No peeking, just peaking: But fans already into rosy thoughts

Published: January 3 2008 | 11:14 am - Updated: 29 March 2014 | 4:28 pm in
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It is a whole-new deal here, this 2002 Hawkeyes season, a trip into a new world with fresh experiences, games on ESPN and, yes, a slight scent of roses in the air.

The team isn't supposed to use that word, that "Rose" word. Not yet, anyway. The deal Coach Kirk Ferentz cut with his players was that it'd be OK for some long-range thinking after the fourth game of the Big Ten season.

Hey, that's the team. After Saturday's 44-16 flat-out ear-tweaking of Michigan State, it's OK for you to take a peek, play games in your head and project the Hawkeyes into whatever bowl game you want.

The No. 17 Hawkeyes (6-1, 3-0 Big Ten) are one game from official coach-sanctioned Rose Bowl talk. Make no mistake, though, they're now officially sanctioned players in the Big Ten and off to their best start since 1991.

"I think it's seeping into Iowa City already," offensive tackle David Porter said. "After the game, everyone was chanting 'Rose Bowl, Rose Bowl.' But for us, every game is a bowl game. And Indiana is our next bowl game."

OK, before you hit the Wal-Mart looking for Rose decals for your cheek, look up the travel agent and give the Bowl RV its 10,000-mile tuneup, soak in this beauty.

The game tape is this morning being Fed Exed to various Big Ten locations to coaches who want to know how to stop Michigan State's all-American wideout Charles Rogers.

Rogers entered with an NCAA record streak of 13 straight games with a touchdown catch. The 6-foot-4, 205-pounder seemed a shoo-in to add to that record, with the Hawkeyes' secondary ranked No.116, next-to-dead last in the country.

Rogers had bruised ribs coming into Saturday's game. Going out of Saturday's game before 69,021 at Kinnick Stadium, he had bruised ego.

"Give credit to both of their safeties," Rogers said in a statement MSU sports information read to the media. "They did a great job not on the run and also in pass support."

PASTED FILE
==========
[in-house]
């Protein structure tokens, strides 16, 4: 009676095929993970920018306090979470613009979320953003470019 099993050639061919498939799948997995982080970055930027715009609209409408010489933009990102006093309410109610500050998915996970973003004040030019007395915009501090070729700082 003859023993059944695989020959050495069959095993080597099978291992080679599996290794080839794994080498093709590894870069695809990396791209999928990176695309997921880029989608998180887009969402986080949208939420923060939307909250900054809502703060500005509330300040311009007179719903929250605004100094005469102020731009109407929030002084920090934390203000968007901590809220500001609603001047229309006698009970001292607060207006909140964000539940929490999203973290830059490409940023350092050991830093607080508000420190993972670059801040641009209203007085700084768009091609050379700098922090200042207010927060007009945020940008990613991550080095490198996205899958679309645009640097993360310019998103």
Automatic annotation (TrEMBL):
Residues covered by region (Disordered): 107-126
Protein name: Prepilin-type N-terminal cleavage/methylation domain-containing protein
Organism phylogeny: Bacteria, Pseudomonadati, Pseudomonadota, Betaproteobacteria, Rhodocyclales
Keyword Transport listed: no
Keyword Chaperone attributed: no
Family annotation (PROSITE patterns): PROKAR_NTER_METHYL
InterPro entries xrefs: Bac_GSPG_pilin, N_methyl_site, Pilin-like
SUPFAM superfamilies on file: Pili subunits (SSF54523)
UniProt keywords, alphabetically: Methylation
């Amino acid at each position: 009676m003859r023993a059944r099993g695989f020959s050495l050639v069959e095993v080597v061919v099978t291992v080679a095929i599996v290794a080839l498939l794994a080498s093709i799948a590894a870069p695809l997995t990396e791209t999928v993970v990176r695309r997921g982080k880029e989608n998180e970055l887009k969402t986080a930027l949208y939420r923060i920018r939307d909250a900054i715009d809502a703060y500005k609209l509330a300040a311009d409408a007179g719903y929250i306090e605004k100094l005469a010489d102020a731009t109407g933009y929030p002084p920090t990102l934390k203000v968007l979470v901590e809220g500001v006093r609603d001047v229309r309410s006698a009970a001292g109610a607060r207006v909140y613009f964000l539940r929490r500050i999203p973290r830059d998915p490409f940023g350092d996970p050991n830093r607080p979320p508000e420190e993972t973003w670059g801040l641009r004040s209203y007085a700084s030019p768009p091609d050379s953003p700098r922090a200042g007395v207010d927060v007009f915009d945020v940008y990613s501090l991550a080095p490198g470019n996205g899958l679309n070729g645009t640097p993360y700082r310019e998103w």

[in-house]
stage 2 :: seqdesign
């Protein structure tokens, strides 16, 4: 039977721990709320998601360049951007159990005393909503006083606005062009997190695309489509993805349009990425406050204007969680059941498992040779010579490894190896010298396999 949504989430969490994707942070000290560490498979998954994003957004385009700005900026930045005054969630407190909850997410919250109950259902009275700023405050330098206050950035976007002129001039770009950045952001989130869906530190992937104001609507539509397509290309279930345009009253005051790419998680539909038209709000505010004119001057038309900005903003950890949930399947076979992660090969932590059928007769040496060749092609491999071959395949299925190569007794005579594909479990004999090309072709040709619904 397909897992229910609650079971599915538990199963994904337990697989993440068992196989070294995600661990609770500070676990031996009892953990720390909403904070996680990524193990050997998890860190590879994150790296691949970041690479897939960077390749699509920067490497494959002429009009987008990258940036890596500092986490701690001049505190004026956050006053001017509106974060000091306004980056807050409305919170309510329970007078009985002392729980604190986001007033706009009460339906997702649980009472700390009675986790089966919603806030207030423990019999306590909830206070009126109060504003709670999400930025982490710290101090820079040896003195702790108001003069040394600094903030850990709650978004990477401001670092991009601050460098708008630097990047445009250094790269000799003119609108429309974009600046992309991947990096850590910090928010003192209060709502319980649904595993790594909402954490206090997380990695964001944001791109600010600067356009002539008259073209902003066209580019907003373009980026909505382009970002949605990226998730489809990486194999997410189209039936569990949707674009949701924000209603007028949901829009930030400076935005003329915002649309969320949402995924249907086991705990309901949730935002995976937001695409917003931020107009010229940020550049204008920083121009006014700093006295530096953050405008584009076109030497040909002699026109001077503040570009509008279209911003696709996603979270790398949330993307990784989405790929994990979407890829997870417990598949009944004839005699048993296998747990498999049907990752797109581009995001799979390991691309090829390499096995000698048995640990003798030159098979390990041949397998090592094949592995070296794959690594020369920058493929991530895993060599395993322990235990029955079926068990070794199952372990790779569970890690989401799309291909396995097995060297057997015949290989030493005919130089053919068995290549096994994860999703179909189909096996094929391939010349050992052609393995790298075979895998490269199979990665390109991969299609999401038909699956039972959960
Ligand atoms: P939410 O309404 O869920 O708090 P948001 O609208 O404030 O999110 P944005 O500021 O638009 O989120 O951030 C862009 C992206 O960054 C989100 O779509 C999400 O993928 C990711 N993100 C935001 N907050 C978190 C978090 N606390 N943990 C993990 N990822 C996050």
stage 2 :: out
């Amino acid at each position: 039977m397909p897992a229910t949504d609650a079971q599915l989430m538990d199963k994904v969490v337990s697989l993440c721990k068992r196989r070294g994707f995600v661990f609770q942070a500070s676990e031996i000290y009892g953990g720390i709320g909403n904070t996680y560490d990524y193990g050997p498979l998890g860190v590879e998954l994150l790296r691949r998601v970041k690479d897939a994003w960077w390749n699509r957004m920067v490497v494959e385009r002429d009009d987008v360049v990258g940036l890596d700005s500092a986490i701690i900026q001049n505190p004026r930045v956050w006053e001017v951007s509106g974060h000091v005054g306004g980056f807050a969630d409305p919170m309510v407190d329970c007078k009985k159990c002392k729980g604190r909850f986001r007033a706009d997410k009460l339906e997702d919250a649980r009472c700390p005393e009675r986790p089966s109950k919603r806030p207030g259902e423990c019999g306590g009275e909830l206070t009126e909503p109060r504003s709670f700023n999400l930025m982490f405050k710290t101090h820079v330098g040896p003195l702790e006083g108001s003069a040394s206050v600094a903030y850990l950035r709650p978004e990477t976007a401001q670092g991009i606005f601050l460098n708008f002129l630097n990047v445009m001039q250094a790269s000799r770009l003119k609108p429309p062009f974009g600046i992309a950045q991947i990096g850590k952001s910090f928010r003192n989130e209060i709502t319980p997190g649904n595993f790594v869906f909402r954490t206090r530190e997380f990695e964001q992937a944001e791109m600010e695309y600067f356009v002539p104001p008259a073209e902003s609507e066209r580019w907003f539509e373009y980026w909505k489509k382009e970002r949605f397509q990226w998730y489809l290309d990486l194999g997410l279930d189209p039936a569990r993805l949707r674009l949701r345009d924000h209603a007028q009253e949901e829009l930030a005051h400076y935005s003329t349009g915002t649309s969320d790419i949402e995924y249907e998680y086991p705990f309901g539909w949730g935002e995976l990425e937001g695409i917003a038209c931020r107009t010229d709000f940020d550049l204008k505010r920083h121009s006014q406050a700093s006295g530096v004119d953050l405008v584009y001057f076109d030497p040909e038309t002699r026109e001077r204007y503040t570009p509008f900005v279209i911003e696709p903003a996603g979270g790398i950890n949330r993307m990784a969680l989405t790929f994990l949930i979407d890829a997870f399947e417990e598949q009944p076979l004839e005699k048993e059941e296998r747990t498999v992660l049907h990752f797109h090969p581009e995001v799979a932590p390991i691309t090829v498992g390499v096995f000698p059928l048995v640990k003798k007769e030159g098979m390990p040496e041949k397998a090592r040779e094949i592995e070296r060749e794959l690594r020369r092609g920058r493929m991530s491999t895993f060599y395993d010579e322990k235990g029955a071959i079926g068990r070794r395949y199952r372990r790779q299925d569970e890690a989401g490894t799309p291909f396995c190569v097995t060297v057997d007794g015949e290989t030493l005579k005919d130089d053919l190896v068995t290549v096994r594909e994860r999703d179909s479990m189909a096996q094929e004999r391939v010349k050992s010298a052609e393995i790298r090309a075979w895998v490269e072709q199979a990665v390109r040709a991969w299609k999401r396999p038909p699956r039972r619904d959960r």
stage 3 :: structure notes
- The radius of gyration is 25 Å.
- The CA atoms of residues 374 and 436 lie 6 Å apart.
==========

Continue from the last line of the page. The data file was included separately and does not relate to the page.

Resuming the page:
Rogers had five catches for 78 yards. He came close to one TD, nearly breaking a broken play, a tipped pass, for a TD in the fourth quarter.

"I didn't know anything about that streak until you guys brought it up just now," senior free safety Derek Pagel said. "You guys have a new one every week."

So, how'd they do it?

The Hawkeyes didn't do anything elaborate. They didn't double-team, bracket or put a Tazer zap on Rogers. They hung out in a sagging man-to-man and cover two. There was no mad scientist stuff out of defensive coordinator Norm Parker.

What they did was hammer the living daylights out of MSU quarterbacks, Jeff Smoker and Damon Dowdell.

Quarterback hurries is not a stat that's kept on gameday. It shows up sometime later during the week. It might take a couple weeks to tally Saturday's haul.

They do keep sacks, however, on gameday. Sophomore end Matt Roth had three, including one on Dowdell that caused a fumble, and sophomore end Jon Babineaux had one.

Iowa had 11 tackles for loss.

So, how'd they do it?

"We're a physical group, we've been physical from day one," defensive tackle Colin Cole said. "That's our game, that's the way we play.

"We're not going to try to finesse you. We're not going to try to hide stuff. We're going to beat you right over the head and ram it down your throat all game."

This brings us to Smoker, who was pulled in favor of Dowdell but later returned. He came into Saturday's game perfectly healthy. Going out of Saturday's game, he had just about every jointed body part encased in ice.

Which would explain another statement on behalf of a player issued by Michigan State sports information.

It was a record day for player statements read to the media by sports information.

"I threw some bad balls, and we had some fumbles," said Smoker, who completed 17 of 33 for 169 yards, two interceptions and one TD. "You can't beat a top-20 team on the road with five turnovers."

The Hawkeyes turned those five Michigan State (3-2, 1-1 Big Ten) turnovers into 20 points.

Pagel returned an interception 62 yards for a score. Strong safety Bob Sanders' interception turned into the first of three Nate Kaeding field goals.

Babineaux's strip of Smoker and linebacker Fred Barr's recovery set up running back Fred Russell's 11-yard run.

Roth's sack on Dowdell and Cole's recovery set up a Kaeding field goal that gave Iowa a 37-7 lead with 8 minutes, 50 seconds left in the third quarter.

"The story of the game was our defense," Ferentz said. "They just played tremendous football. It looked like Iowa football out there again on defense."

The Spartans took the opening drive 54 yards on 12 plays and took a 7-0 lead on tailback Dawan Moss' 2-yard plunge.

After that, it wasn't so much what the Spartans didn't do, but what Iowa did.

Sophomore running back Jermelle Lewis returned the ensuing kick 94 yards for a 7-7 tie. The Spartans' next score didn't come until 7:59 of the fourth quarter with the Hawkeyes holding a 44-7 lead.

Quarterback Brad Banks hit wide receiver C.J. Jones for 62- and 25-yard TDs.

But other than that, there were few offensive fireworks. Banks completed 8 of 19 for 154 yards, two TDs and an interception. Iowa also had its streak of 10 games with a 100-yard rusher snapped.

Russell gained 75 yards on 18 carries. The Hawkeyes did outrush MSU, 127-55. And, who knows, maybe the Hawkeyes would've had more if their average starting field position wasn't their 43-yard line.

"I didn't know that one about us and the 100-yard runner," Banks said. "Ya' all pop up with new stuff every week."

And so do you all.

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